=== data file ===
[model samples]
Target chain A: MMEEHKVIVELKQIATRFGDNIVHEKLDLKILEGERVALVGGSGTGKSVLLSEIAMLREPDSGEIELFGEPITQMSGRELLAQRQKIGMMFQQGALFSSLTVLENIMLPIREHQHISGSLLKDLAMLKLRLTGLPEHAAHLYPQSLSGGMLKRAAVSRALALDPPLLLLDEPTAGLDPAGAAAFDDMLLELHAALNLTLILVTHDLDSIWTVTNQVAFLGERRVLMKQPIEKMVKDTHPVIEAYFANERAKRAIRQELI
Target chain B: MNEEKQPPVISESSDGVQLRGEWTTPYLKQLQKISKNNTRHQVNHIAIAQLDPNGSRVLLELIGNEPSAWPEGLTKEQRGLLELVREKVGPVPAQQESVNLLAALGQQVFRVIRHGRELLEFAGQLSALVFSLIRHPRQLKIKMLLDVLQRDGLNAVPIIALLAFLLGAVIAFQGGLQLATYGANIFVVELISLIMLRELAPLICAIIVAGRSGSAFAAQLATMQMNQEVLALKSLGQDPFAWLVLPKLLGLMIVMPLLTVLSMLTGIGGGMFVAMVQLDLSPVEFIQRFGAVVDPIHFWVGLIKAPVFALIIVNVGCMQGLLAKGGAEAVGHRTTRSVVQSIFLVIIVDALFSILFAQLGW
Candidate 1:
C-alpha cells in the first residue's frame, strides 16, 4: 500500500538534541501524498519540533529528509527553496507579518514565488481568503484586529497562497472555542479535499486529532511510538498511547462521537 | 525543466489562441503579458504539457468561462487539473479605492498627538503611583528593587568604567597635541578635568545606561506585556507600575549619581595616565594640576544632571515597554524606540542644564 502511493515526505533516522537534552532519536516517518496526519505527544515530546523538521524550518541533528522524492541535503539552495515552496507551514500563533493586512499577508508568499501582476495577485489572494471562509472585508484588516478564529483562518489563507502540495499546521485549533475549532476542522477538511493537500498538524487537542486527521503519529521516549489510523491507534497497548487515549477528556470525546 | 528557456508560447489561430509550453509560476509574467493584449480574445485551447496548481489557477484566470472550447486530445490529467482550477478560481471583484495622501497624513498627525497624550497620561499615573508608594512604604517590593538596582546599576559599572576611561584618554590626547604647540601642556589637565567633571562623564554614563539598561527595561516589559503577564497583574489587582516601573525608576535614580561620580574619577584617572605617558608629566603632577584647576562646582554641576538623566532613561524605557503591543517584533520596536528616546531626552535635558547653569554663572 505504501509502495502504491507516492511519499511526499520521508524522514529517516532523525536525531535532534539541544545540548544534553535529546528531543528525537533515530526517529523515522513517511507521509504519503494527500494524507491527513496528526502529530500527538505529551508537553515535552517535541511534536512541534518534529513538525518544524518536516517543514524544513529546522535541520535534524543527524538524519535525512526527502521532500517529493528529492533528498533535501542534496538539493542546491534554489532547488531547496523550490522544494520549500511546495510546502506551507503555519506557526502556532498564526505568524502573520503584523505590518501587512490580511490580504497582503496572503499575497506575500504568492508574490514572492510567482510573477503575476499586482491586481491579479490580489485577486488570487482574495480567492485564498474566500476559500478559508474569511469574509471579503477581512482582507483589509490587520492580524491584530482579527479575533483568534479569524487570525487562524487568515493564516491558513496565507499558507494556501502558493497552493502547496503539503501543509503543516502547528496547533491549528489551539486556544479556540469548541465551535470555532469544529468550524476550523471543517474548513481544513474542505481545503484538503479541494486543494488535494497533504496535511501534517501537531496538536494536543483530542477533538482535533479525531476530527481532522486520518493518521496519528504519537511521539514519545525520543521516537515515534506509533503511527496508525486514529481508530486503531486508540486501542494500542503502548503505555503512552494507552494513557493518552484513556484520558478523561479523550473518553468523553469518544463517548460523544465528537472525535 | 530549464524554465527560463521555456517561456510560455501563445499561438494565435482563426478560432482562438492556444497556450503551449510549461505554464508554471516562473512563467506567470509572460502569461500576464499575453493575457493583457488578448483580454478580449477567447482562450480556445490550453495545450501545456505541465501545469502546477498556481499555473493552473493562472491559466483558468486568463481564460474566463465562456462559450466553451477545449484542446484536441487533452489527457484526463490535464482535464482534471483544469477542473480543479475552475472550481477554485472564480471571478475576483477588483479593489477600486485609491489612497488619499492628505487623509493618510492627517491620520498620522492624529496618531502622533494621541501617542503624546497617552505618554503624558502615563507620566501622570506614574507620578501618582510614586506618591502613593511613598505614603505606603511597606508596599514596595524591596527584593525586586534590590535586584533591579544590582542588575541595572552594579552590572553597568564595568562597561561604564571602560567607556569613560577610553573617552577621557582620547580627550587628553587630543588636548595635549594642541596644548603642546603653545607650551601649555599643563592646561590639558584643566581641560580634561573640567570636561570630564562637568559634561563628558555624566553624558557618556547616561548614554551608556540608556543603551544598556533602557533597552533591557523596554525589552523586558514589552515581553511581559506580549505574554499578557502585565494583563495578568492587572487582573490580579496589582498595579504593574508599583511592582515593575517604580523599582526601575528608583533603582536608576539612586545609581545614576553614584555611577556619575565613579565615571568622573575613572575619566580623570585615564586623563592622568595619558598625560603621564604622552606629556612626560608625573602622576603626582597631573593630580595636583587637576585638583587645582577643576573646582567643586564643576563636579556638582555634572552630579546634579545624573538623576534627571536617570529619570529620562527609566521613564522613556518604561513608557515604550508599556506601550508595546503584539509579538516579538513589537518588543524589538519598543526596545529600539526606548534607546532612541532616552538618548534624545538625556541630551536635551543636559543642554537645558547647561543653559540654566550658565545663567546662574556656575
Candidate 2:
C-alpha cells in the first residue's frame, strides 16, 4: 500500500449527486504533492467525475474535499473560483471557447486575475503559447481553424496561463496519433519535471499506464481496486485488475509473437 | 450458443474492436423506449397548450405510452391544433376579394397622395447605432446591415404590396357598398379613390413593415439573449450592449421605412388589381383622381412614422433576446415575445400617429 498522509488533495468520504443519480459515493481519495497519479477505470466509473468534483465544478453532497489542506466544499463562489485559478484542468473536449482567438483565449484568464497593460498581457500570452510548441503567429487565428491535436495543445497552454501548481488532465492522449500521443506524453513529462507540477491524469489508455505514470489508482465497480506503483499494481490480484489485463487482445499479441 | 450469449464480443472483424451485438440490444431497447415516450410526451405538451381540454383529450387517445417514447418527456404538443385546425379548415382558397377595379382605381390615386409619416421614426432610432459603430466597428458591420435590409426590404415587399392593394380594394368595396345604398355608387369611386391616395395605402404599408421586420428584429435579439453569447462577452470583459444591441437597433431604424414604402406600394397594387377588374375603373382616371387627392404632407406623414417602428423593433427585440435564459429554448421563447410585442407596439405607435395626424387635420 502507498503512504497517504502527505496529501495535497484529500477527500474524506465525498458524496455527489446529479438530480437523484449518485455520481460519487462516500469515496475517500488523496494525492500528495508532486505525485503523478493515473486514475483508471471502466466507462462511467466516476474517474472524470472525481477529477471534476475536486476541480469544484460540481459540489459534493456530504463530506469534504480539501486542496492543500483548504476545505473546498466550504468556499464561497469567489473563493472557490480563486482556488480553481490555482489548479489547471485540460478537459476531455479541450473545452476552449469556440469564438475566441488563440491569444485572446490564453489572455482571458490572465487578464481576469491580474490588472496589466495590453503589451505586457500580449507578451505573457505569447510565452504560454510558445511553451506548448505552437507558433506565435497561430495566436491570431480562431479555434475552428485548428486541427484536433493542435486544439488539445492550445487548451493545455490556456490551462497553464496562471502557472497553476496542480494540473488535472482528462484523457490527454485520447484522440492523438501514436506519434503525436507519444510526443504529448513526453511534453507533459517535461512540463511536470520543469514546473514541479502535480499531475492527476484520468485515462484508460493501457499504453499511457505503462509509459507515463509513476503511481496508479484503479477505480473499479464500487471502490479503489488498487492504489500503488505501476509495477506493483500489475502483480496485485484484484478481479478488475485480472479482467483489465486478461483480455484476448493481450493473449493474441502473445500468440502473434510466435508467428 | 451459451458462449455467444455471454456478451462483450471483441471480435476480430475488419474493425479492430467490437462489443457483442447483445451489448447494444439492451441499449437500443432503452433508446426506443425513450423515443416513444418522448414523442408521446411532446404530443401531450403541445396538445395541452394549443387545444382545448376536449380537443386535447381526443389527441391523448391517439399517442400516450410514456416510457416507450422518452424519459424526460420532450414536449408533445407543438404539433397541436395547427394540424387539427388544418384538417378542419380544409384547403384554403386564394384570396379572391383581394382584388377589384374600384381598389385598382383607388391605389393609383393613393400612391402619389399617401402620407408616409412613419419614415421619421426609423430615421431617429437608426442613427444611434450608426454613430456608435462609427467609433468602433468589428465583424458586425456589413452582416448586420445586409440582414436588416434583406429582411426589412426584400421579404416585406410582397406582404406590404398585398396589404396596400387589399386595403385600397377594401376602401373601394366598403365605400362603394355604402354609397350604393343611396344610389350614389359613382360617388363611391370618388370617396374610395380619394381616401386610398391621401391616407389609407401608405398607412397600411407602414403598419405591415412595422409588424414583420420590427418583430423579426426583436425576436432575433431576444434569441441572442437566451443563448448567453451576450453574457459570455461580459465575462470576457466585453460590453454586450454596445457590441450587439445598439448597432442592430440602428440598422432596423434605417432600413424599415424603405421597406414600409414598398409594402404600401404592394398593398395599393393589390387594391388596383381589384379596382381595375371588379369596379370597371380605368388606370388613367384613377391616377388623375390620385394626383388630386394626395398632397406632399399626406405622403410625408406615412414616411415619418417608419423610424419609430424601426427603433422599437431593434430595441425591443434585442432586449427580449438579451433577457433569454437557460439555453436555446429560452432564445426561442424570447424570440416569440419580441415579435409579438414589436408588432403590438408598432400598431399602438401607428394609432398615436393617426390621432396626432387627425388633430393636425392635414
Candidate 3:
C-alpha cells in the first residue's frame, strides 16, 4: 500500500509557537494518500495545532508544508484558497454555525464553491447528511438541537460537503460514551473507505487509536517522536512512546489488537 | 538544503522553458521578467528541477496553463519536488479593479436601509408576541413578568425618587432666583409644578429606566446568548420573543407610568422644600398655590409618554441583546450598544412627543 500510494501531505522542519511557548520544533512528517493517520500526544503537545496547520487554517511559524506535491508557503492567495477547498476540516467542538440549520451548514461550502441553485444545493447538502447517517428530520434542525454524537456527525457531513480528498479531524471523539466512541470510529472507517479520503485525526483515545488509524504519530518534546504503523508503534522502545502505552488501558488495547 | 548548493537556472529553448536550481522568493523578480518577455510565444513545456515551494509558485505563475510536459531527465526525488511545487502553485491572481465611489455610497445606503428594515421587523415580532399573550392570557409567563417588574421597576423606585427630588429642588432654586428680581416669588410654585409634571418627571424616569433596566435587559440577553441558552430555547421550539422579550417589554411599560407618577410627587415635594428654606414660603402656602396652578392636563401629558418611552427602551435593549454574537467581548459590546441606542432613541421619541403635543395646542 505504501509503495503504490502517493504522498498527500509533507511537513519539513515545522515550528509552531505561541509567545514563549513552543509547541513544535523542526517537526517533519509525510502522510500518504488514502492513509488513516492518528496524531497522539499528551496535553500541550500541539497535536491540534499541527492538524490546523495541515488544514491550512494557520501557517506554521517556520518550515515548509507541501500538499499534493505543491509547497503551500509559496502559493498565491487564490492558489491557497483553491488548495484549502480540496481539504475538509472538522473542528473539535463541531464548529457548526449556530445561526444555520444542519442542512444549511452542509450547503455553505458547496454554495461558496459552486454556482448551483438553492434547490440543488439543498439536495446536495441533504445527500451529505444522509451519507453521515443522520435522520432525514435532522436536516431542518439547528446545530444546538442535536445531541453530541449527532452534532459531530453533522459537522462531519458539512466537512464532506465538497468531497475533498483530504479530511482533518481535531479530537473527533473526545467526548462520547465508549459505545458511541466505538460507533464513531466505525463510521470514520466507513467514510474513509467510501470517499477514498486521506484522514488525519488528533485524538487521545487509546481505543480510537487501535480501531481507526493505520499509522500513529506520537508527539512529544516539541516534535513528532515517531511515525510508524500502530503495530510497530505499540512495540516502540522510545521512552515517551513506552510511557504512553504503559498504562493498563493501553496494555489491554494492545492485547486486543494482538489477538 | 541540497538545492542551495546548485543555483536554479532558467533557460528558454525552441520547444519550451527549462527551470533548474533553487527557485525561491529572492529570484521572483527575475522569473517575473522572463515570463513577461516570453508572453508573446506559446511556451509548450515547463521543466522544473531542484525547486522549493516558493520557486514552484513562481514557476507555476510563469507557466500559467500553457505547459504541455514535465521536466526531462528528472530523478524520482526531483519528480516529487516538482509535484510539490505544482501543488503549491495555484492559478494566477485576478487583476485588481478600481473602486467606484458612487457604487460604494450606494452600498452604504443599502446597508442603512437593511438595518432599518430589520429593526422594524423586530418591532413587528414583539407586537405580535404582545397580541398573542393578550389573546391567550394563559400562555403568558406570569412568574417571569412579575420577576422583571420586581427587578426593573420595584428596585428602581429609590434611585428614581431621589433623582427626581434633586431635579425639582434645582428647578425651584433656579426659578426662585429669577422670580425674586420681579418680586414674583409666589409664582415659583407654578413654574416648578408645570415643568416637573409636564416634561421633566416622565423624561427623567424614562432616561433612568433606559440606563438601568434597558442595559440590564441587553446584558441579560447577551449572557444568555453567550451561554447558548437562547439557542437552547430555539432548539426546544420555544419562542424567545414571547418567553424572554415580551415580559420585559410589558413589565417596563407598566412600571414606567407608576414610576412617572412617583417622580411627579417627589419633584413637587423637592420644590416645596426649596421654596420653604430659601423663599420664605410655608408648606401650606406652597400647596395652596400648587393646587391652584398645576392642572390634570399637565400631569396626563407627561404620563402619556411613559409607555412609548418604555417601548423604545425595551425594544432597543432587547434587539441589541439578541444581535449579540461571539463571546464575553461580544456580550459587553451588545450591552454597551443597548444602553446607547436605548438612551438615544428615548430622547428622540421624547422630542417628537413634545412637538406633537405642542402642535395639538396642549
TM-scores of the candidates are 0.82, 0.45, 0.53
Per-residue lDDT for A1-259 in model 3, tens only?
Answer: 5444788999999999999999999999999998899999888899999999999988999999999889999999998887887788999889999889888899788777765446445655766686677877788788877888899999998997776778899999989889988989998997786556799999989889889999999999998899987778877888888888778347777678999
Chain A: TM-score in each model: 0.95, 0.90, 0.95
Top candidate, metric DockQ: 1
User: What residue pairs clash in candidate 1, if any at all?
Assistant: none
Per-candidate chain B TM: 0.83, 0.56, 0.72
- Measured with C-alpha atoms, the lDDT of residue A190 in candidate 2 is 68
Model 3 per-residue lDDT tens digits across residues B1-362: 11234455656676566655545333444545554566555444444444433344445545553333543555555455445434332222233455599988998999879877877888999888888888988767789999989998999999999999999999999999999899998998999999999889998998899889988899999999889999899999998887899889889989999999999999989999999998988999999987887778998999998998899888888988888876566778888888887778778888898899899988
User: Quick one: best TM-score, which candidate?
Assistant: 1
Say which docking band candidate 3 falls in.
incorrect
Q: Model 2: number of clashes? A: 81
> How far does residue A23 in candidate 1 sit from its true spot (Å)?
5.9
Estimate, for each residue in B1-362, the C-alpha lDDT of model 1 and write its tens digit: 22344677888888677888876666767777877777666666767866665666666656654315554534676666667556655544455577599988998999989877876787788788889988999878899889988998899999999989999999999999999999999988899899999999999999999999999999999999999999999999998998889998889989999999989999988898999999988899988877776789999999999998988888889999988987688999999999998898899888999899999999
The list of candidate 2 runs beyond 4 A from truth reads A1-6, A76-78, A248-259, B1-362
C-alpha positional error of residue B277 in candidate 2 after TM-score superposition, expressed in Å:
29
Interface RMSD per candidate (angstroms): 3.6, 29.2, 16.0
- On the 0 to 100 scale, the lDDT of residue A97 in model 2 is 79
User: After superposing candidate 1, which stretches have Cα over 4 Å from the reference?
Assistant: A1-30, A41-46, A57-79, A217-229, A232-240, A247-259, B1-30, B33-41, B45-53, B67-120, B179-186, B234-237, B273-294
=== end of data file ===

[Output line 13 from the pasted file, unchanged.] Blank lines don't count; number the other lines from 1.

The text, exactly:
Chain A: TM-score in each model: 0.95, 0.90, 0.95